The view from a small college CIO: Infosec is getting harder to do.

Ravi Ravishanker is the CIO and Associate Provost at Wellesley College in Massachusetts. He has been in IT for many years, and supports an organization with more than 1400 faculty and staff. I spoke to him in September 2016. “Information security has continued to be one of the highest priority for every one of the IT organizations I have worked for. The only difference is that it has become harder and its relative importance compared to the other things we have to do has gotten higher, which results in much higher resource allocation to security across the entire institution.”

He recalls back in 1986, when he began his IT career. He was writing code in assembler for a VAX VMS. This was done to make it faster to execute. “However, we made a programming error to have one user send a file to another using TCP/IP. Because of an internal security lapse, the students found out they could send someone else’s files using our program. It didn’t take long to fix the problem, fortunately.” Coming into the modern day, he finds that vulnerability scanners are one of his most important security tools. “This is because they expose vulnerabilities about network ports that shouldn’t be open. Similarly, scanners that test our web apps for a range of vulnerabilities are also essential.”

“We realize that given our limited resources, we have to be very diligent. First and foremost, data and network security needs to be a priority for everyone in the IT organization, not just a select group of security administrators. Also, security is a joint partnership between IT and our users; it is a shared responsibility of the entire the enterprise. If our users aren’t following best practices, they can expose our enterprise to data security issues. Security is a critical part of everything that we do.”

To date, he hasn’t seen much in the way of insider threats at the college. “People in higher education have a sense of loyalty to the institution, and we place a lot of trust in our employees. While insider threats are always a potential issue, we are in a space where it is minimal.”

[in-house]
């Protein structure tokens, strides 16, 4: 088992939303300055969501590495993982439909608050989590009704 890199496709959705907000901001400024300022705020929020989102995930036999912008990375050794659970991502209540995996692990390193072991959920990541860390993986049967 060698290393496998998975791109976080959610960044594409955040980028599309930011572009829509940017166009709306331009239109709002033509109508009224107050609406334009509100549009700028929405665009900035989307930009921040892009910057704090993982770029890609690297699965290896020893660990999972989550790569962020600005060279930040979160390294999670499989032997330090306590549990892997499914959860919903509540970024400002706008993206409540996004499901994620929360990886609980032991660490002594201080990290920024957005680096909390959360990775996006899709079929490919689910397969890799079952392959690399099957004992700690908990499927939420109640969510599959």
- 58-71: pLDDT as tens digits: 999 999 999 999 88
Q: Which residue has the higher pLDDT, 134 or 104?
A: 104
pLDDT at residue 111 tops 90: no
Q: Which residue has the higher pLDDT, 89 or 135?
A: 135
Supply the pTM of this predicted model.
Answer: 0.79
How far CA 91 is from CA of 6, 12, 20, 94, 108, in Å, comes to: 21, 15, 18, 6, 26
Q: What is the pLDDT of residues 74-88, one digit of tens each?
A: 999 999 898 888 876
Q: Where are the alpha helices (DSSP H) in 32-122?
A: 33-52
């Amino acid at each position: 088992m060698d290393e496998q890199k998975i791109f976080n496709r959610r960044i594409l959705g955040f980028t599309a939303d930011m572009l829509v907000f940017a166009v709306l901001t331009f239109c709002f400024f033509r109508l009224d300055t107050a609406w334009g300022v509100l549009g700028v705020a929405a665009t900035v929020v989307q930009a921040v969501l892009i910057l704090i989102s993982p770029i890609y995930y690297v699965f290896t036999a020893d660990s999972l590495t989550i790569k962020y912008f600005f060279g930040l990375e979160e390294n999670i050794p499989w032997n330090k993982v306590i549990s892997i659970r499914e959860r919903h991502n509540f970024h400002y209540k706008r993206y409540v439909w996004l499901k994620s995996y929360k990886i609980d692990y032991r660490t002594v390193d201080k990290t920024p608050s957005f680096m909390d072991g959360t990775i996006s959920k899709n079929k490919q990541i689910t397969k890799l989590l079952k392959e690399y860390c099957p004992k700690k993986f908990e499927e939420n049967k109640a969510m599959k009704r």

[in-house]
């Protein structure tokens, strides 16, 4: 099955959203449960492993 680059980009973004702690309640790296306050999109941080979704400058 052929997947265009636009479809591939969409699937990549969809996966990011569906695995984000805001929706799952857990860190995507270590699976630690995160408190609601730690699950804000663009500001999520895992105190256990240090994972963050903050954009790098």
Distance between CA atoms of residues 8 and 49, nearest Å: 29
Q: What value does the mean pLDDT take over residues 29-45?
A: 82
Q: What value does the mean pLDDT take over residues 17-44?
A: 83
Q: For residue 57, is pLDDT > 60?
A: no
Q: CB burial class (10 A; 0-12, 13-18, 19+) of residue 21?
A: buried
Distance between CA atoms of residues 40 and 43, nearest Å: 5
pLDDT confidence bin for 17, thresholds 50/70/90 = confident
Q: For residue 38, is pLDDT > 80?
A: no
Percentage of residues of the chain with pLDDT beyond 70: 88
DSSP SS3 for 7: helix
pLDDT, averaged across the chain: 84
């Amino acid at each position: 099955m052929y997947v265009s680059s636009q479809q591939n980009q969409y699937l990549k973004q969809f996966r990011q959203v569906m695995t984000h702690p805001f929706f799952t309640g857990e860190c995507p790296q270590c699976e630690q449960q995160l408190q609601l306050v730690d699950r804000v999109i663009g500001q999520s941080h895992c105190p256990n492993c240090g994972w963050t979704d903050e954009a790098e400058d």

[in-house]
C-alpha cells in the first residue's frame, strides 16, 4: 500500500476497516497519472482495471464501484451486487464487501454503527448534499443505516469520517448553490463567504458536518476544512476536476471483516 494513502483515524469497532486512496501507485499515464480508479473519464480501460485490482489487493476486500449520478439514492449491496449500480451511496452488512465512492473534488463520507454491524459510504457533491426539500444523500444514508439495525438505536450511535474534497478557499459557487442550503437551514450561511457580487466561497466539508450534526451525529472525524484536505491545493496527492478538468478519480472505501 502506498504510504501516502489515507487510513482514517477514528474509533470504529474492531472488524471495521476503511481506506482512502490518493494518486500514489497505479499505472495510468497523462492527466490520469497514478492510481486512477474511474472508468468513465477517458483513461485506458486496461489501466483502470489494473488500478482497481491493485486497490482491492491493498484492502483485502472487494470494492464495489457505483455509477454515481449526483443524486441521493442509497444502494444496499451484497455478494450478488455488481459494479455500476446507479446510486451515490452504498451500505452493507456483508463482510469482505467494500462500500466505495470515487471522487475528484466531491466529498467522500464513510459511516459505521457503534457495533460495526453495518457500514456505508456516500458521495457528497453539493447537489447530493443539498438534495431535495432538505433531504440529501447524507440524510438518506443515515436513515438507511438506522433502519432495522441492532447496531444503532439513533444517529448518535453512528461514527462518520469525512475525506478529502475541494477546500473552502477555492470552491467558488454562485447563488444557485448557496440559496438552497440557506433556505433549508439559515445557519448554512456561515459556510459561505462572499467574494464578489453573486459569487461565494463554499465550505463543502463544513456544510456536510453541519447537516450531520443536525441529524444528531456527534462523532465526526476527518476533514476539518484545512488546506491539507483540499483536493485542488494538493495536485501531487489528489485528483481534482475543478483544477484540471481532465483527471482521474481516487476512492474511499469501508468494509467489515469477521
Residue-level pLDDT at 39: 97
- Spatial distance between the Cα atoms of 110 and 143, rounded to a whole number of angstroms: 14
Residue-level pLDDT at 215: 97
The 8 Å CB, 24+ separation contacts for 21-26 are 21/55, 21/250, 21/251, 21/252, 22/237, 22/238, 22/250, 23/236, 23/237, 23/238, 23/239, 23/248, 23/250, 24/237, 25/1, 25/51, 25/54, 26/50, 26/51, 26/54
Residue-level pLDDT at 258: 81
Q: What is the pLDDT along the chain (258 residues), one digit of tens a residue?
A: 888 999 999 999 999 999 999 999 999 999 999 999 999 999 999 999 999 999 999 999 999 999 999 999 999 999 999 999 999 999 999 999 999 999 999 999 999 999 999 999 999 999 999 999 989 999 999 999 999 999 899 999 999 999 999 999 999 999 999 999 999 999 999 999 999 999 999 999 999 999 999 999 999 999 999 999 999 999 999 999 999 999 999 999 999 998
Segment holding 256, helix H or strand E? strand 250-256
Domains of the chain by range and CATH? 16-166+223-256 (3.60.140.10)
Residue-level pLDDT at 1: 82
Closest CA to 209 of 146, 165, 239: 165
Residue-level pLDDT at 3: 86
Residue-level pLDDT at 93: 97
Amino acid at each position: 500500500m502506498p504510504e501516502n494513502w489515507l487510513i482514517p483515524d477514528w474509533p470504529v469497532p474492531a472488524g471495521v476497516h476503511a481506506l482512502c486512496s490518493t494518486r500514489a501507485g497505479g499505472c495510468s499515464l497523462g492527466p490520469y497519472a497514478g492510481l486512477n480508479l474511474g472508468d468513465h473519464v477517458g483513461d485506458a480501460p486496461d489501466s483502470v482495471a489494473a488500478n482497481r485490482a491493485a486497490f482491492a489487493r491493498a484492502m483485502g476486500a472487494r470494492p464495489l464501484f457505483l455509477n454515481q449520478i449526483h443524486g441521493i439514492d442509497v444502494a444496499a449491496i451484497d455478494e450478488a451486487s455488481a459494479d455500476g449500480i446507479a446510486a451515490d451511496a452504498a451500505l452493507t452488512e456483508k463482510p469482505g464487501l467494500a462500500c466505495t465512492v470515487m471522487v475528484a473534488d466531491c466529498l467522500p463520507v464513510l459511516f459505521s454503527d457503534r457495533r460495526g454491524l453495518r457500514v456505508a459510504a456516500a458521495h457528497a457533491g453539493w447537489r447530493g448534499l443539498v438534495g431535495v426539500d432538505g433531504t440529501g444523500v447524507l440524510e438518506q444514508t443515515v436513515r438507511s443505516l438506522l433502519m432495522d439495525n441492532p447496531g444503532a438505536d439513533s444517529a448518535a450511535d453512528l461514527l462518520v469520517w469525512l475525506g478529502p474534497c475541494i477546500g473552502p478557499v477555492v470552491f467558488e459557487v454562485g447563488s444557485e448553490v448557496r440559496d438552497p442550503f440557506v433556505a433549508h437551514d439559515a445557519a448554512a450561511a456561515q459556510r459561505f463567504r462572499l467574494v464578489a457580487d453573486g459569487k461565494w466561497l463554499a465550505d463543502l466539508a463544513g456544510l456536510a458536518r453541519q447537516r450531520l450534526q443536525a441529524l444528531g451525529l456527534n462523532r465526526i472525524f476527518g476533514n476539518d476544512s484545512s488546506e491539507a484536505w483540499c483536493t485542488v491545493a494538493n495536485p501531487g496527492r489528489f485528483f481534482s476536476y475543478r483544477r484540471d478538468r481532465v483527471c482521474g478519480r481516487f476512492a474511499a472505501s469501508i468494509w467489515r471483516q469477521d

The college has moved into the cloud and continues to increase its cloud footprint. “We try to do as much due diligence when we sign up with a new provider and make sure that they are giving us the security that we need. We thoroughly review the contracts and agreements from security and compliance perspectives before signing up with a provider.”

“We are a fairly small IT organization and currently our user services, which manages desktop support, and the systems and network groups are all under one director. This works really well in terms of information exchange between the groups and easy access to the systems and network engineers. However, we recently decided to reorganize this group and we hope that this relationship will be preserved because this relationship is critical from information security perspective.”

Like what you are reading?

Subscribe to Inside Security!

Email Address

//s3.amazonaws.com/downloads.mailchimp.com/js/mc-validate.js// < ![CDATA[
// < ![CDATA[
// < ![CDATA[
//

Advertisements

Leave a Reply

Fill in your details below or click an icon to log in:

WordPress.com Logo

You are commenting using your WordPress.com account. Log Out / Change )

Twitter picture

You are commenting using your Twitter account. Log Out / Change )

Facebook photo

You are commenting using your Facebook account. Log Out / Change )

Google+ photo

You are commenting using your Google+ account. Log Out / Change )

Connecting to %s